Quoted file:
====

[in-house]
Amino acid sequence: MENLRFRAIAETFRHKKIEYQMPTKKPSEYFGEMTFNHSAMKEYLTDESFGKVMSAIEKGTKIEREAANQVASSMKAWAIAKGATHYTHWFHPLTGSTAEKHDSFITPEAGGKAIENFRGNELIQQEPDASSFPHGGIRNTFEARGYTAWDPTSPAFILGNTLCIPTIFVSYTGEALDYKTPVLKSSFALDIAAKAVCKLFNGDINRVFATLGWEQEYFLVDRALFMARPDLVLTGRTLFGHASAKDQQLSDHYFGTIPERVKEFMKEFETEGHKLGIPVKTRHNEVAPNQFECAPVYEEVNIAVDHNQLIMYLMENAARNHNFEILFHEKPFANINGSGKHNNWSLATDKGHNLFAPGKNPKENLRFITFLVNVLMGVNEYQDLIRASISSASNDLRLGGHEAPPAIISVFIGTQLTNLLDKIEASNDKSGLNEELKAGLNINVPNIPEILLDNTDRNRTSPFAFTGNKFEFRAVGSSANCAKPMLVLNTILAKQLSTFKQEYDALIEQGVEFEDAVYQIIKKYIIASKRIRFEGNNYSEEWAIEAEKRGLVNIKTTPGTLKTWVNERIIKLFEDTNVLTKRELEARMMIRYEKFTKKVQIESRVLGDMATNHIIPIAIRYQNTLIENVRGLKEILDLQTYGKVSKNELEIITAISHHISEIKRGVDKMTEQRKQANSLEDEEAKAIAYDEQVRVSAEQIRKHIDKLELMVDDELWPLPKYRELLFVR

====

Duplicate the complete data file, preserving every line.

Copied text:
[in-house]
Amino acid sequence: MENLRFRAIAETFRHKKIEYQMPTKKPSEYFGEMTFNHSAMKEYLTDESFGKVMSAIEKGTKIEREAANQVASSMKAWAIAKGATHYTHWFHPLTGSTAEKHDSFITPEAGGKAIENFRGNELIQQEPDASSFPHGGIRNTFEARGYTAWDPTSPAFILGNTLCIPTIFVSYTGEALDYKTPVLKSSFALDIAAKAVCKLFNGDINRVFATLGWEQEYFLVDRALFMARPDLVLTGRTLFGHASAKDQQLSDHYFGTIPERVKEFMKEFETEGHKLGIPVKTRHNEVAPNQFECAPVYEEVNIAVDHNQLIMYLMENAARNHNFEILFHEKPFANINGSGKHNNWSLATDKGHNLFAPGKNPKENLRFITFLVNVLMGVNEYQDLIRASISSASNDLRLGGHEAPPAIISVFIGTQLTNLLDKIEASNDKSGLNEELKAGLNINVPNIPEILLDNTDRNRTSPFAFTGNKFEFRAVGSSANCAKPMLVLNTILAKQLSTFKQEYDALIEQGVEFEDAVYQIIKKYIIASKRIRFEGNNYSEEWAIEAEKRGLVNIKTTPGTLKTWVNERIIKLFEDTNVLTKRELEARMMIRYEKFTKKVQIESRVLGDMATNHIIPIAIRYQNTLIENVRGLKEILDLQTYGKVSKNELEIITAISHHISEIKRGVDKMTEQRKQANSLEDEEAKAIAYDEQVRVSAEQIRKHIDKLELMVDDELWPLPKYRELLFVR